What is the prognosis of Bladder Cancer?

By  , Expert Content
Nov 29, 2011

Usually, people with any type of cancer wish to know the prognosis of the disease. Prognosis tells the patient whether he or she has a chance of recovering from the disease or not and whether it will recur or not. Understanding the prognosis is important for the patient as it helps him or her and the family to handle the disease and live with it better. It also helps the patient and their loved ones to decide on the most appropriate treatment, lifestyle changes and finances.

Prognosis of bladder cancer depends on many factors and some of the important ones are:

  • Type of the cancer.
  • Stage of cancer (the size of the tumour, extent of involvement of the organ and spread to other parts of the body).
  • Grade of tumour (how abnormal or malign the cancer cells are and how quickly the cells grow and spread).
  • Patient factors such as age, general health.
  • Other factors such as response to initial treatment, coexistent carcinoma in situ and certain genetic mutations.

While discussing the prognosis with you, your doctor will base it on information obtained through studies done over many years in numerous patients with bladder cancer. The prognosis is considered good or favorable if the cancer responds well to treatment and the prognosis is considered poor or unfavorable if the cancer is difficult to treat, control or cure.

Stage and grade of the tumour are the most important variables that affect the prognosis (or the chances of control and cure) and the 5 year survival rate of bladder cancer. Survival rates of a cancer indicate the percentage of people with a certain type and stage of cancer who live for a specific period of time after their diagnosis (factors such as signs or symptoms of cancer, presence or absence of disease or treatment are not considered).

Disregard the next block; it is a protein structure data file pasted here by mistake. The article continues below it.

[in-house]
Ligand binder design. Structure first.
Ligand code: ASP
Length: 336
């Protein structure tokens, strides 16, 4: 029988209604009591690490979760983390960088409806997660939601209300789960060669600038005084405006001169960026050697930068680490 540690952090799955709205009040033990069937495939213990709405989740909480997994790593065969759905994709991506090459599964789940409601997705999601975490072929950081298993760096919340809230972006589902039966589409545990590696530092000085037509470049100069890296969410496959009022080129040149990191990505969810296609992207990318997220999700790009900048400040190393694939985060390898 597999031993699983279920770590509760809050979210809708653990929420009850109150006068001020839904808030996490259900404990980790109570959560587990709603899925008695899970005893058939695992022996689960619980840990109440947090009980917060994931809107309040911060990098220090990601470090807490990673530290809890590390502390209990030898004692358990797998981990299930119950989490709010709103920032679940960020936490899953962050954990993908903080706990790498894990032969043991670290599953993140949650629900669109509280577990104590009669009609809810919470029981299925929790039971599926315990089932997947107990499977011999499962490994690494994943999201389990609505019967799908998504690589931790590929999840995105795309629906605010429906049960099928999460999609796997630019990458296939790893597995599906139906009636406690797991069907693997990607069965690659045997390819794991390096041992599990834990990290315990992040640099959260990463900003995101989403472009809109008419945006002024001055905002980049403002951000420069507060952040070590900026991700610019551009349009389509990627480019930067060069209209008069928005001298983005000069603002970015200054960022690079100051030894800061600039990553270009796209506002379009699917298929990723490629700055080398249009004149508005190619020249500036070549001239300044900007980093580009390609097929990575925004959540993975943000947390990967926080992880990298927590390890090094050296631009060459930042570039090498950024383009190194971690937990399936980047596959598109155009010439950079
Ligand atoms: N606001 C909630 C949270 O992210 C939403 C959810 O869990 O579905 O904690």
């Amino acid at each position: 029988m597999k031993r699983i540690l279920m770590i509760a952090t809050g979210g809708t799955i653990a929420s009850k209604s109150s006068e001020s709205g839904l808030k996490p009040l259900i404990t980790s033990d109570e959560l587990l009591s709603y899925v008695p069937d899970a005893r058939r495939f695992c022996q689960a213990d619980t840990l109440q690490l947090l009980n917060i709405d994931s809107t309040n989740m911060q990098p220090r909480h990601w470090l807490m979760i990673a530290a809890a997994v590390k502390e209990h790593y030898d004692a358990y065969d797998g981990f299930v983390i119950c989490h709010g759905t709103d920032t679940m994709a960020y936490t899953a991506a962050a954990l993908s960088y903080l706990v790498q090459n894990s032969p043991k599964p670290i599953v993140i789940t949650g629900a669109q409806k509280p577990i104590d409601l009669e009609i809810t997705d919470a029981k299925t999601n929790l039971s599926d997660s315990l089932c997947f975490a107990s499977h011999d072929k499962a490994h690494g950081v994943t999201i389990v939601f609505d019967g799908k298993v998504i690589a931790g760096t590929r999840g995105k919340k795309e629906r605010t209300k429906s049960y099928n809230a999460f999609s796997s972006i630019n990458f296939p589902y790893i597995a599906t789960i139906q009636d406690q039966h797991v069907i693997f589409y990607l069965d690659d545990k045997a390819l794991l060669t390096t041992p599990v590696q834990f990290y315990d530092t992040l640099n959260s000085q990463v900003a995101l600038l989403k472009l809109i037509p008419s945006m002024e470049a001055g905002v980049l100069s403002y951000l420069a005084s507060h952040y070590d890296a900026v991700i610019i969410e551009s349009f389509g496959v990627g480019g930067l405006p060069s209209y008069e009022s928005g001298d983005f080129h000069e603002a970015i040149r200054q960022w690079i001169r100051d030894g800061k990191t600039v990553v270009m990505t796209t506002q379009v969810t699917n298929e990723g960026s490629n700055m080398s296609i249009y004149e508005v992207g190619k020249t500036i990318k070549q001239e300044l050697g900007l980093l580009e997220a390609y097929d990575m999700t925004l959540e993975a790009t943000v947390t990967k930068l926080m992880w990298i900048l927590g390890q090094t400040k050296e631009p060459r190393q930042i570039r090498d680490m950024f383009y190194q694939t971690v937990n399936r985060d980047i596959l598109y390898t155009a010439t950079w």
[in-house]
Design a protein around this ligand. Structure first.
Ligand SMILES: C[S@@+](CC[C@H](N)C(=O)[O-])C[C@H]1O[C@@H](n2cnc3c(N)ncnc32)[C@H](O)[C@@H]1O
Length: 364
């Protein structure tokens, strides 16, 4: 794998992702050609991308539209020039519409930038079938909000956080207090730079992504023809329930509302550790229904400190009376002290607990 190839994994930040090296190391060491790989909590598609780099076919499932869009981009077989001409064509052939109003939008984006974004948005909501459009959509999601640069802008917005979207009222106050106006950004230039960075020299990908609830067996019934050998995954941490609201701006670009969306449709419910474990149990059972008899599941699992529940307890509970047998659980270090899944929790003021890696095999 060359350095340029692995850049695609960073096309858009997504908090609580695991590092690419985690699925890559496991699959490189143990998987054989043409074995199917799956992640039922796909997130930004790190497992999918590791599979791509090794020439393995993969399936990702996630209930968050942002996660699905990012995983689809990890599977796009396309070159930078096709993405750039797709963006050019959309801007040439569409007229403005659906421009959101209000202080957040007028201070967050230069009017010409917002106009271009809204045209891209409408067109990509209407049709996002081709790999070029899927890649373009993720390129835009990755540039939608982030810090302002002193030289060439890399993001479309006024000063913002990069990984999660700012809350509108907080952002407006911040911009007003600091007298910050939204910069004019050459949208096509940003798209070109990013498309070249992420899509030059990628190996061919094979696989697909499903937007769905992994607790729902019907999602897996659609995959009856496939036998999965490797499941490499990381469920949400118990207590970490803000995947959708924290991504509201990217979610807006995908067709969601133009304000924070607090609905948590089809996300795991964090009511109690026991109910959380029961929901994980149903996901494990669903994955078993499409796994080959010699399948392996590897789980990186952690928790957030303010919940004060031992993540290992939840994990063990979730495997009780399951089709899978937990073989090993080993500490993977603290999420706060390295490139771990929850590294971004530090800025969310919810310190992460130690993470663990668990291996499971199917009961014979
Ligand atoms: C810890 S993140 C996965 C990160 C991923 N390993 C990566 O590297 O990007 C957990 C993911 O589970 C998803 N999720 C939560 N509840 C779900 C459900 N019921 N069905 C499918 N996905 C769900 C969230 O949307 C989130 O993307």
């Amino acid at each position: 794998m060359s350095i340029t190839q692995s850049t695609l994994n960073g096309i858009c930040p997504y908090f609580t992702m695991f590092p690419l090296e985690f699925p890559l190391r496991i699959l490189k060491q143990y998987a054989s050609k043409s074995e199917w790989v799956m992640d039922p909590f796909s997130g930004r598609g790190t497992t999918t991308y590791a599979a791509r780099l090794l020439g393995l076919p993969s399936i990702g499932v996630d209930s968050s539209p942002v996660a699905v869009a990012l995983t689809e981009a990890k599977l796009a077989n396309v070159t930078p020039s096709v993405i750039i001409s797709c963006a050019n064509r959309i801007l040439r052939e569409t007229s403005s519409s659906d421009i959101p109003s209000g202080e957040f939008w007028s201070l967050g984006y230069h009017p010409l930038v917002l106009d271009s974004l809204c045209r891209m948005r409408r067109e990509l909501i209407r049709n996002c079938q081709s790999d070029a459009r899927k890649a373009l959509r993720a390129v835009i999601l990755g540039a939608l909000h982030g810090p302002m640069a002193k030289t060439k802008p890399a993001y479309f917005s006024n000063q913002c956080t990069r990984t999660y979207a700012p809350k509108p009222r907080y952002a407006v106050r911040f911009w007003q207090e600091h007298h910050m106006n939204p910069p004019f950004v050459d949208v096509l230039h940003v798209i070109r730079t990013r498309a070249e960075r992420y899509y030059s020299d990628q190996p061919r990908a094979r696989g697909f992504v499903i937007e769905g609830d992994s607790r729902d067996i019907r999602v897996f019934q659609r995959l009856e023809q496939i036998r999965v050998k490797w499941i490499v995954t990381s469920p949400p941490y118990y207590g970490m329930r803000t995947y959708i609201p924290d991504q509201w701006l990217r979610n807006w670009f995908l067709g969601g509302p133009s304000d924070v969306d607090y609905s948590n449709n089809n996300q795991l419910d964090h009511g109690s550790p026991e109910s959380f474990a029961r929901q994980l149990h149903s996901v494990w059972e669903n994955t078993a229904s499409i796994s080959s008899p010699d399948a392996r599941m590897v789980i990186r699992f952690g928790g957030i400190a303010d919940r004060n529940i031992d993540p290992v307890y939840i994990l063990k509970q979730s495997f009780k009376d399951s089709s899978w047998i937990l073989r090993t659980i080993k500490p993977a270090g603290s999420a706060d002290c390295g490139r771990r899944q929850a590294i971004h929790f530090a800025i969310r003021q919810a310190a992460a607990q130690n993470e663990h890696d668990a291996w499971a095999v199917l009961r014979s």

According to research, the lower the stage and grade of bladder cancer the better the outlook.

  • In early stages (stages 0, I, II), the five-year survival rate of bladder cancer is quite good (about 94%).
  • If the cancer has spread within the pelvis (stage III), the five-year survival rate decreases significantly to 49%.
  • After the cancer has spread to distant sites within the body (stage IV), the five-year survival rate drops to 6%.

Regular follow-up after treatment is important as the chances of recurrence are about 15% in one year and 32% in five years after the initial diagnosis in people with low-risk superficial bladder cancer and in the range of 61%-78% at one and five years, respectively, for high-risk superficial tumours. These statistics show that early detection and treatment is vital to improve the prognosis. Remember that every patient is different and the prognosis is only a possible prediction and not an absolute outcome for a particular patient.



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